I want government to be no bigger, and no smaller, than it needs to be in order to accomplish the legitimate tasks of enabling us to address common issues. And I’ve long been an advocate of subsidiarity, something that doesn’t come up here a lot because most of y’all don’t seem to want to get into the theoretical weeds quite that far. But put simply, it means governmental functions — and functions of other organizations and institutions as well — should be performed at the lowest, smallest, most local level that is competent to perform them adequately. That means, for instance, that whenever possible, I want to push functions down from the federal to the state level (think education) and from the state to the local (think all those MANY things that state legislators oversee in SC that should be local).

      The purpose of the larger levels are to perform the things that the smaller ones can’t, effectively. The federal level needs to handle relations with foreign countries, from diplomacy to trade to war, regulate interstate commerce (mostly to keep it free and flowing, unlike under the Articles of Confederation) and do a very few other things. One of those things, I’ve come to believe, should be setting up one gigantic, universal health insurance pool, because the economies to be gained far exceed what any state or locality could manage.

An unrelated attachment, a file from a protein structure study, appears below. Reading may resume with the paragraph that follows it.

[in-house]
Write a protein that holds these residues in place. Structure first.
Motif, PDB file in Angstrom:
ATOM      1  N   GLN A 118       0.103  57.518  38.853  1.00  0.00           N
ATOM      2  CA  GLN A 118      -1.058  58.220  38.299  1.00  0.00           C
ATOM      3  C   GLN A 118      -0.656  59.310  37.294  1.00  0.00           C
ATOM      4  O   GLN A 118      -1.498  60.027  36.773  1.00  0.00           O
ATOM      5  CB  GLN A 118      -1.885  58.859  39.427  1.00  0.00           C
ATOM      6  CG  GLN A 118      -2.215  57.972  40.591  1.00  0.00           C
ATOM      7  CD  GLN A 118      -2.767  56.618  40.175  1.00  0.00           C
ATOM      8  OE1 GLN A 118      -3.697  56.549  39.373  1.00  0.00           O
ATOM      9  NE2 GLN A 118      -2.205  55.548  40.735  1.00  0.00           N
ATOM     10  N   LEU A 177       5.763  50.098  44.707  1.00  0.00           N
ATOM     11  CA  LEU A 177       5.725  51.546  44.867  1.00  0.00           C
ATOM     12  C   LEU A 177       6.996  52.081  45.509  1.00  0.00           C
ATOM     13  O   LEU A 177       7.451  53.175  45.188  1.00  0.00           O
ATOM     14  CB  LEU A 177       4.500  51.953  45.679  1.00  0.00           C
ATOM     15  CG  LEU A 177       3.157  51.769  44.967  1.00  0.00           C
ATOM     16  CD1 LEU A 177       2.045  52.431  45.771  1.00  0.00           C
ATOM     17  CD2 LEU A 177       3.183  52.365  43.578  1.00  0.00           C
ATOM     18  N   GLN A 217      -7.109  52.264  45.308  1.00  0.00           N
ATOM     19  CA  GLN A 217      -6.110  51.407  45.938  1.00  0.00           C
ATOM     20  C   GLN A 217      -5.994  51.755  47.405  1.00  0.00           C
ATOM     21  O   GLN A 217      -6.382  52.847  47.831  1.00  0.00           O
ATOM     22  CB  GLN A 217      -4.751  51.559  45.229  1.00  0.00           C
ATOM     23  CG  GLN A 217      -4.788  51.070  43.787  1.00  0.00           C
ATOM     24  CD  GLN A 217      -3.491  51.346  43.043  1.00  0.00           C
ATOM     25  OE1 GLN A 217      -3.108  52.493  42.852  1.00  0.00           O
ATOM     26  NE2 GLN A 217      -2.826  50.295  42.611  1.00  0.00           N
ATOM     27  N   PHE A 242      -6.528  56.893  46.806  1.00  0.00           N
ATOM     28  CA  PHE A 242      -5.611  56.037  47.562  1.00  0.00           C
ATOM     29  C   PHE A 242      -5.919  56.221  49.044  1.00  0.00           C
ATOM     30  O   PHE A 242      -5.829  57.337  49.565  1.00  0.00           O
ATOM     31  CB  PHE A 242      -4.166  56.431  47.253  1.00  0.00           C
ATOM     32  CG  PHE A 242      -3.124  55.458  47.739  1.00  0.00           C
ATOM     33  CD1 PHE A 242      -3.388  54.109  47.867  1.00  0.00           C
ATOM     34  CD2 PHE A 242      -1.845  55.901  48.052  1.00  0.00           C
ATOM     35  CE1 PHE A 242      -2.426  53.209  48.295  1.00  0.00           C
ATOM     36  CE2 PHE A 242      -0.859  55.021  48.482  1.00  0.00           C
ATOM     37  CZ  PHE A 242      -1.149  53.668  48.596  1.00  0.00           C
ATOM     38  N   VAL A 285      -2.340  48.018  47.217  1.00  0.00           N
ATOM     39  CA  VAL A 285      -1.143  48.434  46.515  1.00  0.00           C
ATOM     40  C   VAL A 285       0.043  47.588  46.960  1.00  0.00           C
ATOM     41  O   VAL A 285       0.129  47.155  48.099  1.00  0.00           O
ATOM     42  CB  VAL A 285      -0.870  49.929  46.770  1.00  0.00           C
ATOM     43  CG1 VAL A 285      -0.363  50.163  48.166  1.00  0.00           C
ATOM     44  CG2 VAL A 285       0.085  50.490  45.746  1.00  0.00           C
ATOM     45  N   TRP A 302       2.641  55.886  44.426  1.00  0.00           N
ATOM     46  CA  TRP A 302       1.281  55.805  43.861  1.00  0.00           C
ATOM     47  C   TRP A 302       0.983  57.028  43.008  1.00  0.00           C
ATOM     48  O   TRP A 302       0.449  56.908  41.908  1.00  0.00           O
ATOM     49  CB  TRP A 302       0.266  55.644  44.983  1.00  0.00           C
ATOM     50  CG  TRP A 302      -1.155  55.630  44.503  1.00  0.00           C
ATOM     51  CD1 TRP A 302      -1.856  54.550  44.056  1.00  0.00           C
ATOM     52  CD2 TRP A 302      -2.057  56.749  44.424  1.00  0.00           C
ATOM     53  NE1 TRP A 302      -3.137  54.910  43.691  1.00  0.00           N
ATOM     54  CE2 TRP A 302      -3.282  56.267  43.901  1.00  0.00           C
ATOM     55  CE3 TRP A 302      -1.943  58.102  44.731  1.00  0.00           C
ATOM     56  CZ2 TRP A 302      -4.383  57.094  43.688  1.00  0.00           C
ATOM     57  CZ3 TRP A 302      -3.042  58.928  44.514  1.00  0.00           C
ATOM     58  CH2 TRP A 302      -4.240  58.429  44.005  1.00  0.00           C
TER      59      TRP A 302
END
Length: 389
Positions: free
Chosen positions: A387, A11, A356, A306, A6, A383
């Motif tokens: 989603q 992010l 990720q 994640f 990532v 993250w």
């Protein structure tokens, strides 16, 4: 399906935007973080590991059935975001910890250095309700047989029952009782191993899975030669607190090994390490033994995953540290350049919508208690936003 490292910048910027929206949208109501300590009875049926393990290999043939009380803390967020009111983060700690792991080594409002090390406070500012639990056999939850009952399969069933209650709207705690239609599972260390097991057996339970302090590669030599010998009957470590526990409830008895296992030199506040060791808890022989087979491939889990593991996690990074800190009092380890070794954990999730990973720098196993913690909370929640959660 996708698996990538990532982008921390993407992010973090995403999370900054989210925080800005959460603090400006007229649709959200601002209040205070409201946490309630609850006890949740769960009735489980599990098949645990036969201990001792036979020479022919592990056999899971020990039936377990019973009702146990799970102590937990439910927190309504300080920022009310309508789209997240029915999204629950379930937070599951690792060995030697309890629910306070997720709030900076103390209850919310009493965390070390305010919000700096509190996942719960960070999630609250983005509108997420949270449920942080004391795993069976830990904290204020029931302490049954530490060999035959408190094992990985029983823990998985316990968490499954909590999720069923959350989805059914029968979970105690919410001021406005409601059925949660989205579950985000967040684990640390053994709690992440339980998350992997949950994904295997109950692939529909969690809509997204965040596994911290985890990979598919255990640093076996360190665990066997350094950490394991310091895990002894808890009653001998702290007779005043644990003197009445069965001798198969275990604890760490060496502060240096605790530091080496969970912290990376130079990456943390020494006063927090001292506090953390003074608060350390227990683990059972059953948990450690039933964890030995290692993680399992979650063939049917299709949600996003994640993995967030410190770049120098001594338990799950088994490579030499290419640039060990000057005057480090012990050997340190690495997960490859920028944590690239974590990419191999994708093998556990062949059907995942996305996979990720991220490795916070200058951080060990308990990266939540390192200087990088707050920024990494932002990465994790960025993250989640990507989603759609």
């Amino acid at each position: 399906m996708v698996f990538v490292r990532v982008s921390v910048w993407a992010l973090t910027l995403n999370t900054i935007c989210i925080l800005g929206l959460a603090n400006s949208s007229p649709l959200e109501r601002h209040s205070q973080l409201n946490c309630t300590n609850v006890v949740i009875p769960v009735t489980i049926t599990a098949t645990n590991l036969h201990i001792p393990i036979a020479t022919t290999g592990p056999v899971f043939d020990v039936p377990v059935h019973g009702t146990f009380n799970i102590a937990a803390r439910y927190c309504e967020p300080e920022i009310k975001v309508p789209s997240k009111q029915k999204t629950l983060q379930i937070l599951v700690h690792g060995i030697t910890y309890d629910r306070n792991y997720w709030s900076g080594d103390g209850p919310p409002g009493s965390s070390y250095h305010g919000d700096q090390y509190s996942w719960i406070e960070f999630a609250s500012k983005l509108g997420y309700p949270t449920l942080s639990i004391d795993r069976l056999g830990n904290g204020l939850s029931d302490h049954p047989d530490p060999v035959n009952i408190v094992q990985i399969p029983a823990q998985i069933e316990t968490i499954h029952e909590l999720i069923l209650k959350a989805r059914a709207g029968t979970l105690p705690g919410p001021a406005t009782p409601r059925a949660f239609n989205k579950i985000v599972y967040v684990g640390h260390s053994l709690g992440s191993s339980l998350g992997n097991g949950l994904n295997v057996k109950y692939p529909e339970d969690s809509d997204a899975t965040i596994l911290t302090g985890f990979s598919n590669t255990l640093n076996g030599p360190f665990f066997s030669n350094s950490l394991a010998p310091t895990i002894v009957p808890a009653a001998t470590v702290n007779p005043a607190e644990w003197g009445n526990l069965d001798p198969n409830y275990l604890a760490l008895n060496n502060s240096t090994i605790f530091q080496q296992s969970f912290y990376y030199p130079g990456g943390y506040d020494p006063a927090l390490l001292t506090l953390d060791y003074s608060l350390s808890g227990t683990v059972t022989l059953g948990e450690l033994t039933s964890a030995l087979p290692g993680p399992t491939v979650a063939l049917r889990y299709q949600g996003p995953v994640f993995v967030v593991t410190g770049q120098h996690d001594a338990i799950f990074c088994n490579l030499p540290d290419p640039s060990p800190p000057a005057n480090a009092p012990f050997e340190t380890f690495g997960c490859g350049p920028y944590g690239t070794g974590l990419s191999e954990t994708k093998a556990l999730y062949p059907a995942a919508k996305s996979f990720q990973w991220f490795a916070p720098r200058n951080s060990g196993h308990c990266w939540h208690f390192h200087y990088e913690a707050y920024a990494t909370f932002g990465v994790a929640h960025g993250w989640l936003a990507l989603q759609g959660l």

Oh, dang. You went and got me started. How did we get from Bergdahl onto this subject anyway?

  12. bud

    As for the issue at hand, this really isn’t a scandal other than the possible violation of the 30 day notification rule which seems like an unconstitutional encroachment on the president’s ability to act as commander in chief. He made a decision to exchange prisoners in a necessary part of winding down US involvement in Afghanistan. That was something John McCain supported just a few months ago.

    Sure Bergdahl is, at least, an AWOL kook, at worst a traitor, but he’s still an American citizen that we simply cannot leave behind. This whole episode is pretty distasteful on several levels but let’s not forget that many Republicans were tweeting welcome home messages just a few days ago. (They have since been taken down). So before we declare this a “scandal” let’s not forget how we got involved in Afghanistan in the first place. There just isn’t a good way to bring this to an end. Perspective, folks, perspective.

    1. Brad Warthen Post author

      You’re right. Let’s NOT “forget how we got involved in Afghanistan in the first place:”

      After we helped the mujahideen push out the Soviets, we walked away and neglected the country. Out of the fragmentation that existed there, the Taliban emerged to fill the power vacuum. The Taliban welcomed al Qaeda in, which provided bin Laden with a safe base from which to operate. From that secure base, al Qaeda got really ambitious, and was able to plan and execute the biggest terror strike in modern history.